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Whooping Cough Highest on Record
DAYTON -- Dayton Children's Hospital says this is one of the worst years they have seen when it comes to whooping cough, also known as pertussis.
Dayton Children's Hospital normally sees less than a dozen cases of pertussis during the summer, but not this year.
"We saw 66 cases of kids and we ended up with one mother with whooping cough," said Dayton Children's Hospital infection preventionist Terrie Koss.
That is the highest number these doctors say they've seen in modern times.
"Yes that is a big concern," said parent Paige Kelly.
"It does surprise me," said parent Jodi Thomson. "I fear it's because a lot of people are trying to be more natural and not get the vaccination. I see their point. But it was made for a purpose and it does seem to control the outbreaks of certain diseases."
Doctor's aren't giving us a reason for the rise but say the highly contagious infection in the lungs can spread to other children and adults through sneezing and coughing very quickly.
There are several things you can do to prevent whooping cough:
Wash hands thoroughly.
Keep children away from anyone who is coughing and sneezing.
Vaccinate your children, teens and yourself. Combination vaccines are used to prevent diphtheria, tetanus and pertussis. The DTap vaccination is given to children younger than 7 and Tdap is given to older children and adults.
Children get a dose of DTap at each of the following ages: 2 months, 4 months, 6 months, and 15-18 months and at 4 to 6 years.
The preferred age for pre-teen Tdap vaccination is 11 to 12 years old. Adolescents not previously vaccinated should receive a single dose of the vaccine.
Adults who have not previously received Tdap and are in close contact with an infant under 12 months of age should also receive the vaccine.
"Children are miserable with whooping cough," said Koss. "It used to be called the 100-day cough, which means a child or an adult could cough for 100 days with this pertussis, which they could've prevented by getting the vaccines."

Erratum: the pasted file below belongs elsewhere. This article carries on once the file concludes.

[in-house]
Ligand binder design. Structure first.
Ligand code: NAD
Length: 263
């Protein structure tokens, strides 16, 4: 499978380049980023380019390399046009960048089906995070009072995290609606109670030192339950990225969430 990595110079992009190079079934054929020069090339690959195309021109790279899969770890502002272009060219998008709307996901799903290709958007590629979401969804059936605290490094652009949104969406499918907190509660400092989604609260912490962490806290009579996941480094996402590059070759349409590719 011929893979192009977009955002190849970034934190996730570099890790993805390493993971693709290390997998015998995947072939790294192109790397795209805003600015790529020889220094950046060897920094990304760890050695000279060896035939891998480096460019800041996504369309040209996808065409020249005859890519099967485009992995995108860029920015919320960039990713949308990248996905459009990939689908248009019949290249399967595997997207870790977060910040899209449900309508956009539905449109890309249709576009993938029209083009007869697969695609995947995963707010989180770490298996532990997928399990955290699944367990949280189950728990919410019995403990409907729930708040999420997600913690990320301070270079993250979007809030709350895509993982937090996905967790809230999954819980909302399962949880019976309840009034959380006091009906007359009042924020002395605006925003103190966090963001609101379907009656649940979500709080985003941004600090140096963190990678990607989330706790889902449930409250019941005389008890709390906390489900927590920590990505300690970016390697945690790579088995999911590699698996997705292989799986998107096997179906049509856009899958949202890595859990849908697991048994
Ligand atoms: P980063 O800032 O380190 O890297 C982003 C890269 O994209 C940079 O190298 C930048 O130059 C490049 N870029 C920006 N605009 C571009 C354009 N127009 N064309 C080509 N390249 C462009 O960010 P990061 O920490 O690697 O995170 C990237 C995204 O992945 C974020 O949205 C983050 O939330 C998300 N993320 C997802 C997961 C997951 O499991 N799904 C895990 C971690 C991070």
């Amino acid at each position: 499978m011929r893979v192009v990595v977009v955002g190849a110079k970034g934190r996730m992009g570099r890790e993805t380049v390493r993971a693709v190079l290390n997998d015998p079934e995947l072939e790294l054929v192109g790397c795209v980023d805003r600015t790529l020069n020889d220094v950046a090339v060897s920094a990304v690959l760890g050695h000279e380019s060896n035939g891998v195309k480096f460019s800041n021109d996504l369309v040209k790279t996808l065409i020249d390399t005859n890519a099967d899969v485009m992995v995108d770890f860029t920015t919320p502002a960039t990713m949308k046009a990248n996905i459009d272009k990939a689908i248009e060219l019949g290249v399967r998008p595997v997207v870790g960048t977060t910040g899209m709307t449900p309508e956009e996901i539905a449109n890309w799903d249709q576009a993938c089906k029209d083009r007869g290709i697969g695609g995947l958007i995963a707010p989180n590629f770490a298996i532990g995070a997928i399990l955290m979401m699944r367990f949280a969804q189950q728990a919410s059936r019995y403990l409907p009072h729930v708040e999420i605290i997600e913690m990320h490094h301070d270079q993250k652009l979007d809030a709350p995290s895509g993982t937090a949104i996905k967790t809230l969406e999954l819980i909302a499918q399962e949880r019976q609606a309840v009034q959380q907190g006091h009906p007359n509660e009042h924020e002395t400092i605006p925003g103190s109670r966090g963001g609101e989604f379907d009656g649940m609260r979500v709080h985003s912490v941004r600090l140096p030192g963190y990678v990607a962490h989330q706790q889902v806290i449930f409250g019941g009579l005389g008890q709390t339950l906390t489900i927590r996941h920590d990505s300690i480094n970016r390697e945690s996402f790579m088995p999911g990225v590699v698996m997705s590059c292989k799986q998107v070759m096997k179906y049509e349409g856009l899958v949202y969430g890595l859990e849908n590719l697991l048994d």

The bacteria is most often found in infants and young children but children who are too young to be fully vaccinated and those who have not completed the primary vaccination series are at the highest risk. But unlike most other vaccine-preventable illnesses, the immunity from the pertussis vaccine does wears off, therefore teens and adults are at risk if they were vaccinated as children.
"It is frightening because people assume when you do get a vaccine that everything is going to be OK," said Thomson. "And you never have to worry about that again and then probably by the time they find out there is a problem it's too late."
Doctors say the number of cases they see on a daily basis has decreased since June, but doctors hope the cases drop off completely before school starts in just a few weeks,
What can I do for my child at home?
There are several things you can do to help your child be more comfortable:
Stay calm. Coughing spells can be scary for both you and your child.
Make sure your child gets plenty of rest. Limit your child's activities.
A mist humidifier or vaporizer may be used to help your child breathe easier.
Offer small amounts of fluids often such as 7-up, Kool-aid, water and Jello.
Keep your child away from dirt, smoke and dust since these can cause more coughing spells.
Give the entire antibiotic ordered by your doctor even if your child seems to be getting better.
When should I call the doctor?
You should call your doctor whenever you are worried about your child. Be sure to call if:
Your child seems to be getting worse in any way.
Your child's coughing spells happen more often or become worse.
Your child has a fever of 101.5F or higher.
Your child is not taking fluids well or is not urinating at least four to five times per day.
Click here to read more about whooping cough.
Click here to see the full list of vaccines and what age your child needs to have them done by.
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